# Newcomb's Tables of the Sun

Newcomb's Tables of the Sun (full title Tables of the Motion of the Earth on its Axis and Around the Sun)[a] is a work by the American astronomer and mathematician Simon Newcomb, published in volume VI of the serial publication Astronomical Papers Prepared for the Use of the American Ephemeris and Nautical Almanac.[1] The work contains Newcomb's mathematical development of the position of the Earth in the Solar System, which is constructed from classical celestial mechanics as well as centuries of astronomical measurements. The bulk of the work, however, is a collection of tabulated precomputed values that provide the position of the sun at any point in time.

Newcomb's Tables were the basis for practically all ephemerides of the Sun published from 1900 through 1983, including the annual almanacs of the U.S. Naval Observatory and the Royal Greenwich Observatory. The physical tables themselves were used by the ephemerides from 1900 to 1959, computerized versions were used from 1960 to 1980, and evaluations of the Newcomb's theories were used from 1981 to 1983.[2] The tables are seldom used now; since the Astronomical Almanac for 1984 they have been superseded by more accurate numerically-integrated ephemerides developed at Jet Propulsion Laboratory, based on much more accurate observations than were available to Newcomb. Also, the tables did not account for the effects of general relativity which was unknown at the time. Nevertheless, his tabulated values remain accurate to within a few seconds of arc to this day.

He developed similar formulas and tables for the planets Mercury,[3] Venus,[4] Mars,[5] Uranus[6] and Neptune;[7] those of the inner planets have proved to be the most accurate.

## Expressions

Certain expressions have been cited in a number of other works over a long period, and are listed below. Newcomb assigns the symbol T to the time since "1900, Jan. 0, Greenwich Mean noon", measured in Julian centuries of 36,525 days.[8]

### Sun's geometric mean longitude

The Sun's geometric mean longitude, freed from aberration is given as[9]

L = 279° 41' 48.04" + 129 602 768.13" T + 1.089" T2

Authors citing this expression include Borkowski (p. 12) and the Nautical Almanac Offices of the United Kingdom and United States (p. 98).

### Fictitious mean Sun

Newcomb gives the Right ascension of the fictitious mean Sun, affected by aberration (which is used in finding mean solar time) as[10]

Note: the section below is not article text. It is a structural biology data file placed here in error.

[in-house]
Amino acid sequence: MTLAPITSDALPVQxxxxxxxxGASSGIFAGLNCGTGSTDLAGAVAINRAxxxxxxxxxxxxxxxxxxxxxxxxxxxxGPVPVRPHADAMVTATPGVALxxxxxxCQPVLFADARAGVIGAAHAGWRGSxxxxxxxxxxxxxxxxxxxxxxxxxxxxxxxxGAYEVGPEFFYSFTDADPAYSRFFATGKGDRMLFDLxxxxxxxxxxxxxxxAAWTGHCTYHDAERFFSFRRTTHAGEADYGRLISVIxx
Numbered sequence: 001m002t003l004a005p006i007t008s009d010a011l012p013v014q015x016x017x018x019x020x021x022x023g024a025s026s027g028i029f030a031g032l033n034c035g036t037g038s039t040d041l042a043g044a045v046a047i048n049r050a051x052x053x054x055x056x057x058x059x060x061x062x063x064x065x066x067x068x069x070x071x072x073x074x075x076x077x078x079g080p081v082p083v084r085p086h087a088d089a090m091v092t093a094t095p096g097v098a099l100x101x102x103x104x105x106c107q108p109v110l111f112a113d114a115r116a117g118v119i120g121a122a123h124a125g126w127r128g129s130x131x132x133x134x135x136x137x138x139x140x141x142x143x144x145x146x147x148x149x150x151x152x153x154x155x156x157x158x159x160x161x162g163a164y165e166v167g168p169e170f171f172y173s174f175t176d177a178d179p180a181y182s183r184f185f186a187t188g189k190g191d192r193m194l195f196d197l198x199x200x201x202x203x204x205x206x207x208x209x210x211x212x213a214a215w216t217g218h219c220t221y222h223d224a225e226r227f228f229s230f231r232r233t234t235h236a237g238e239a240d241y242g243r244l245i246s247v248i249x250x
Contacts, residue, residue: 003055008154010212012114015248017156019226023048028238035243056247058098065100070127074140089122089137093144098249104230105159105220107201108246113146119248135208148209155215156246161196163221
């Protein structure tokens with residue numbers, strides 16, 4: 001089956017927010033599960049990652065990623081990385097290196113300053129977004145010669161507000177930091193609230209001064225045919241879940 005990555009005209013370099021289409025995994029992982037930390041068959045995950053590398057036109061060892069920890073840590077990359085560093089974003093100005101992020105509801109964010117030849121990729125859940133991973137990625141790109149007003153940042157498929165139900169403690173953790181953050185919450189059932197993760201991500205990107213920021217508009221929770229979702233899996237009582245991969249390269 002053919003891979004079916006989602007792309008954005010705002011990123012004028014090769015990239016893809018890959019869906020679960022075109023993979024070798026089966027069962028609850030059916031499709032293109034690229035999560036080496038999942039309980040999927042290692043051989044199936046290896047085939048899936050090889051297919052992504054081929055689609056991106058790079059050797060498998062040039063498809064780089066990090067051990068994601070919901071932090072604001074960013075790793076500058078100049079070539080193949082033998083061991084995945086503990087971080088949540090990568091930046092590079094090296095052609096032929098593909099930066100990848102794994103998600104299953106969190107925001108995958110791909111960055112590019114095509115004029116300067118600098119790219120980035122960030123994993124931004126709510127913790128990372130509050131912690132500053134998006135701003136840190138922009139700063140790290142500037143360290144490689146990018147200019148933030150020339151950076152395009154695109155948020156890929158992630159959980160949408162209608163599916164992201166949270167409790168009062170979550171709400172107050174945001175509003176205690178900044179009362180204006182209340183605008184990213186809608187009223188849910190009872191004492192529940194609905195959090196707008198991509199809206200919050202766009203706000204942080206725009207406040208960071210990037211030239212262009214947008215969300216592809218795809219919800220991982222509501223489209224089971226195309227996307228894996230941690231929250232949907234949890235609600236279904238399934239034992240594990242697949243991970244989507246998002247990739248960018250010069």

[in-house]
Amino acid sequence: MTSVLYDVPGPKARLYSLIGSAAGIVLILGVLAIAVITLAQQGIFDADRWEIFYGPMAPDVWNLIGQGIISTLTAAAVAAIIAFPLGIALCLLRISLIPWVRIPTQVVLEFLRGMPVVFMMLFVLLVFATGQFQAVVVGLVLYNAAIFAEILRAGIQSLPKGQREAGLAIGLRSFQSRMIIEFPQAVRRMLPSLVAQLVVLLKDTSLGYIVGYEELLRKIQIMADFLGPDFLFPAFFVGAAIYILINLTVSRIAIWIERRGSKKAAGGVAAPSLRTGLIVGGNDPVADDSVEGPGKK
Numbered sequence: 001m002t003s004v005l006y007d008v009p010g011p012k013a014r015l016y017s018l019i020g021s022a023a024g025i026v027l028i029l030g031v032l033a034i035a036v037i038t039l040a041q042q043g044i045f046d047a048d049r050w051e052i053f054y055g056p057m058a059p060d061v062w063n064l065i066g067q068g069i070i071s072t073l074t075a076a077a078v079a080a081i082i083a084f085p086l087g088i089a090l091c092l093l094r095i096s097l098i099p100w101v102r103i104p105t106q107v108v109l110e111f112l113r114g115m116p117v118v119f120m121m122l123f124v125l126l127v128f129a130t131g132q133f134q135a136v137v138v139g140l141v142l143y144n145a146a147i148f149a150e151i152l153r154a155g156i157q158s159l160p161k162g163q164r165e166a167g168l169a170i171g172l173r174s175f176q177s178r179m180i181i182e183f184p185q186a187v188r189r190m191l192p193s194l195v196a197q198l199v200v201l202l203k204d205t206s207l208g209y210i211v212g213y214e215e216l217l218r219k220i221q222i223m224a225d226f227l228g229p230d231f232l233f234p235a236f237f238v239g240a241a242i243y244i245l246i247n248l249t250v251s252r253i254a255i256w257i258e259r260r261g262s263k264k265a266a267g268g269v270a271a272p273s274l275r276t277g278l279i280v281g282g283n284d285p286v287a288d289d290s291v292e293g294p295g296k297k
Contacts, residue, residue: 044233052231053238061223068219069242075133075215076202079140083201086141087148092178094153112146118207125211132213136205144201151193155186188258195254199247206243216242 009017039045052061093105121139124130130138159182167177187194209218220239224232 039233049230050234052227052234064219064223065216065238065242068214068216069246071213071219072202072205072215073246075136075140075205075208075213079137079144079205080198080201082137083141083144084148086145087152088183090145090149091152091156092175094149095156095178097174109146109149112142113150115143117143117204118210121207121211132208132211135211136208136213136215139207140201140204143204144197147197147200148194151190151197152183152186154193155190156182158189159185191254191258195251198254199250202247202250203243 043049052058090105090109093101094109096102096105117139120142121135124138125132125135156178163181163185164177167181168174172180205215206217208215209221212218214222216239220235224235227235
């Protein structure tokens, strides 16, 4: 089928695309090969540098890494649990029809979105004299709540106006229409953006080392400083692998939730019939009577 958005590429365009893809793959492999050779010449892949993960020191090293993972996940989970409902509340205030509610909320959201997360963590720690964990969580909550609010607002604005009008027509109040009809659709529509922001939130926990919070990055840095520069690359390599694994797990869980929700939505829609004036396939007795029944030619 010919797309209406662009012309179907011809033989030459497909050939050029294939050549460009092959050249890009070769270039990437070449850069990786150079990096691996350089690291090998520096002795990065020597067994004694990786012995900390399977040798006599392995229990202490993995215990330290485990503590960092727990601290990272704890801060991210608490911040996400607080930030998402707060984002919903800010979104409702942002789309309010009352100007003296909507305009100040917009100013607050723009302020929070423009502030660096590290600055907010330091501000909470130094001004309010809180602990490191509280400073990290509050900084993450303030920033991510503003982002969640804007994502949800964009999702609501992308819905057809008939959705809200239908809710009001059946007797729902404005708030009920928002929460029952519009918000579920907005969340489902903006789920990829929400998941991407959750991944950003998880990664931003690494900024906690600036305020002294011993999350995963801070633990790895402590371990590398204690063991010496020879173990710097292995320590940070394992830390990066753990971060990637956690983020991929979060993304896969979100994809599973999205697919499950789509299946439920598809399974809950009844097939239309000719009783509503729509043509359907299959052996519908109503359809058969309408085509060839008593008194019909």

τ = 18h 38m 45.836s + 8640184.542s T + 0.0929s T2

Authors citing this expression include McCarthy & Seidelmann (p. 13) and the Nautical Almanac Offices of the United Kingdom and United States (p. 73).

## Discontinuance

By 1970 the astronomical community recognized the need for improved ephemerides, which are used to prepare national almanacs. The changes required were

• a new fundamental catalog of stars to replace FK4
• the use of improved values of astronomical constants that had been discovered
• a better definition and practical realization of ephemeris time which would take advantage of atomic time
• a new epoch to replace 1950.0[11]

It was decided to introduce as many changes as possible at one time in a consistent system, and the new system would go into effect for the 1984 edition of the ephemerides. "The majority of the resolutions were prepared and adopted by the General Assembly of the IAU at the 1976 and 1979 meetings."[12]

The new fundamental ephemeris was prepared by the Jet Propulsion Laboratory and named DE200/LE200. It uses numerical integration.[13]

## Notes

1. ^ Tables of the Sun is the short title and running head, appearing at the top of all left-hand pages.

## References

1. ^ Simon Newcomb, Tables of the Four Inner Planets, 1–169.
2. ^ Urban, Sean E.; Seidelmann, P. Kenneth, eds. (2013), Explanatory Supplement to the Astronomical Almanac (Third ed.), University Science Books, p. 306, ISBN 978-1-891389-85-6 (1992: p. 317)
3. ^ "Tables of the Heliocentric Motion of Mercury", in: Astronomical Papers Prepared for the Use of the American Ephemeris and Nautical Almanac, volume VI (1898), pp. 171–270 [Part II].
4. ^ "Tables of the Heliocentric Motion of Venus", in: Astronomical Papers Prepared for the Use of the American Ephemeris and Nautical Almanac, volume VI (1898), pp. 271–382 [Part III].
5. ^ "Tables of the Heliocentric Motion of Mars", in: Astronomical Papers Prepared for the Use of the American Ephemeris and Nautical Almanac, volume VI (1898), pp. 383–586 [Part IV].
6. ^ "Tables of the Heliocentric Motion of Uranus", in: Astronomical Papers Prepared for the Use of the American Ephemeris and Nautical Almanac, volume VII (1898), pp. 287–416 [Part III].
7. ^ "Tables of the Heliocentric Motion of Neptune", in: Astronomical Papers Prepared for the Use of the American Ephemeris and Nautical Almanac, volume VII (1898), pp. 417–471 [Part IV].
8. ^ Newcomb, Tables of the Four Inner Planets, 9.
9. ^ Newcomb, Tables of the Four Inner Planets, 9.
10. ^ Newcomb, Tables of the Four Inner Planets, 9.
11. ^ [U.S.] Nautical Almanac Office and H.M. Nautical Almanac Office, S5.
12. ^ ibid., S5.
13. ^ ibid., S26.

## Works cited

• Borkowski, K. M. "The Tropical Year and Solar Calendar". Journal of the Royal Astronomical Society of Canada 85 no. 3 (1990): 121–130.
• McCarthy, D. D. & Seidelmann, P. K. TIME from Earth Rotation to Atomic Physics. (Weinheim: Wiley-VCH, 2009).
• [U.S.] Nautical Almanac Office and HM Nautical Almanac Office. "The Improved IAU System", a supplement bound with The Astronomical Almanac for the Year 1984. (Washington and London: U.S. Government Printing Office and Her Majesty's Stationery Office, 1983).
• Nautical Almanac Offices of the United Kingdom and United States of America. Explanatory Supplement to the Ephemeris. (London: Her Majesty's Stationery Office, 1961).
• Newcomb, Simon. Tables of the Four Inner Planets, 2nd ed. (Washington: Bureau of Equipment, Navy Dept., 1898).